MARYSVILLE — About 70 percent of more than 1,000 Marysville residents prefer a school-year calendar option that closely matches the teachers union’s preference.
At the same time, most of the face-to-face comments the Marysville School Board received in community meetings this week indicated that many parents and even some teachers would also prefer adding 30 minutes or even an hour to the end of the school day. Doing so could shorten the school year by as much as two weeks, from mid-July to the end of June, board members said.
But while the scheduling issues offer some promise of workable compromise, pay issues and contract negotiations continued in the same fractious stalemate that led to the longest teachers strike in state history. The Marysville strike ended Oct. 22 after 49 days — the longest in the nation this year.
The Marysville School Board shot back Saturday at the teachers union, which complained Friday that teachers should have received supplemental pay from state funds, as well as district pay, for the eight days they worked in October.
Board members Ron Young, Erik Olson and Mark Johnson said the union had been informed well in advance that if the strike lingered beyond the district’s normal midmonth payroll deadline, then that month’s payment would be pushed to the end of the following month.
Olson, who is one of three incumbents on the board running for re-election, questioned the union’s timing, just days before Tuesday’s election.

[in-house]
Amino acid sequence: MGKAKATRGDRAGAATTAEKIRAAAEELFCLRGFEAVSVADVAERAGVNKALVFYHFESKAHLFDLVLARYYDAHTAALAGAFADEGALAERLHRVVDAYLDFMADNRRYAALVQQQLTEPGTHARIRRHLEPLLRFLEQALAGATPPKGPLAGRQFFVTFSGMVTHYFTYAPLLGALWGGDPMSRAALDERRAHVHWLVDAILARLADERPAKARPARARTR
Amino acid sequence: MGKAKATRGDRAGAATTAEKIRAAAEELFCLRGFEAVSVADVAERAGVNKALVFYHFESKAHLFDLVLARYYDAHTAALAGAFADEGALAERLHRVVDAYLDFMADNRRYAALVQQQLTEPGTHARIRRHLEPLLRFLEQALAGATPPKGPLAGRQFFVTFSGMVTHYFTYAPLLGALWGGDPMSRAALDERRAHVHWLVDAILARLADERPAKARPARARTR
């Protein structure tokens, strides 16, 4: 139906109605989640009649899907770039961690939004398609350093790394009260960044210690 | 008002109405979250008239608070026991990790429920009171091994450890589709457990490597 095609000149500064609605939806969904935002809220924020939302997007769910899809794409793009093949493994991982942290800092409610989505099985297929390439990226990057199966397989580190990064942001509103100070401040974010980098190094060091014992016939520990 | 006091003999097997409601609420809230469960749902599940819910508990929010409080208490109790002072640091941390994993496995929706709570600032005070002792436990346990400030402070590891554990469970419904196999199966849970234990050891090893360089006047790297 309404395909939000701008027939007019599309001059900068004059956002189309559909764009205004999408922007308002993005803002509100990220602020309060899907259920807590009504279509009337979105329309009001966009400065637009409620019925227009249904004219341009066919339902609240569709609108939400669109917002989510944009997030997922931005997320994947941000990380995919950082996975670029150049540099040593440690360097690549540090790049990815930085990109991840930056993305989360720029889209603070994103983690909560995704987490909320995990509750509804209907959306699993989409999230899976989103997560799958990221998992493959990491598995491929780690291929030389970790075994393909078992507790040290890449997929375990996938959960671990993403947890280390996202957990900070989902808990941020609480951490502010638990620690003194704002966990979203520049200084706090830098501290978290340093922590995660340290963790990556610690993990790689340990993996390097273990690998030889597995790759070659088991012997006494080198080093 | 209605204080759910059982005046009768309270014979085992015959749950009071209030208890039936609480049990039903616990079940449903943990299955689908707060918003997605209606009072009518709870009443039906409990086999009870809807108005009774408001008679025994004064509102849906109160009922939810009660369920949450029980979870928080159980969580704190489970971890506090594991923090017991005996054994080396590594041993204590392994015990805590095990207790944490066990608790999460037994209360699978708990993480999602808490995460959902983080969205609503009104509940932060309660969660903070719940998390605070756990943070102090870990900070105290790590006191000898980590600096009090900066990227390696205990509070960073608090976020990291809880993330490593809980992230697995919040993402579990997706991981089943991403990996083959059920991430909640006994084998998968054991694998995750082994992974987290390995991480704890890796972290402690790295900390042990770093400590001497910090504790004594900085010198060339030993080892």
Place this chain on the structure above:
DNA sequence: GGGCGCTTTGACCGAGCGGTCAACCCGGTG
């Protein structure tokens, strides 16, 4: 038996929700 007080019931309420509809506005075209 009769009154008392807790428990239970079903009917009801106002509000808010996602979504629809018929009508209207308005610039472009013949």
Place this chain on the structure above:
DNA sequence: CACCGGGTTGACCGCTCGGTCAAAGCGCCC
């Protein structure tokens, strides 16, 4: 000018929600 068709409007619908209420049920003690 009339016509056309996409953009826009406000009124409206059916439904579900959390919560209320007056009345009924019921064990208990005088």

"Personally, I think it was a cheap campaign stunt to further disparage the board and make their candidates look good," Olson said.
Union spokeswoman Elaine Hanson said the matter had nothing to do with the election. The issue was the school board violating a judge’s order that ended the strike.
"They did not follow orders following her order on the pay," Hanson said Saturday. "And it’s more examples of the board’s punitive and vindictive action and nature toward the teachers."
A mediation session for contract negotiations is set for Wednesday.
The Marysville School Board wrapped up the last of four community meetings Saturday to hear comments about how the district should schedule this year’s calendar to make up for the loss of almost two months.
The three board members at Saturday’s meeting said extending the school day would require a special exemption from state education officials or possibly the state Legislature.
They hoped to hear from state officials sometime this week.
Reporter Scott Morris: 425-339-3292 or firstname.lastname@example.org.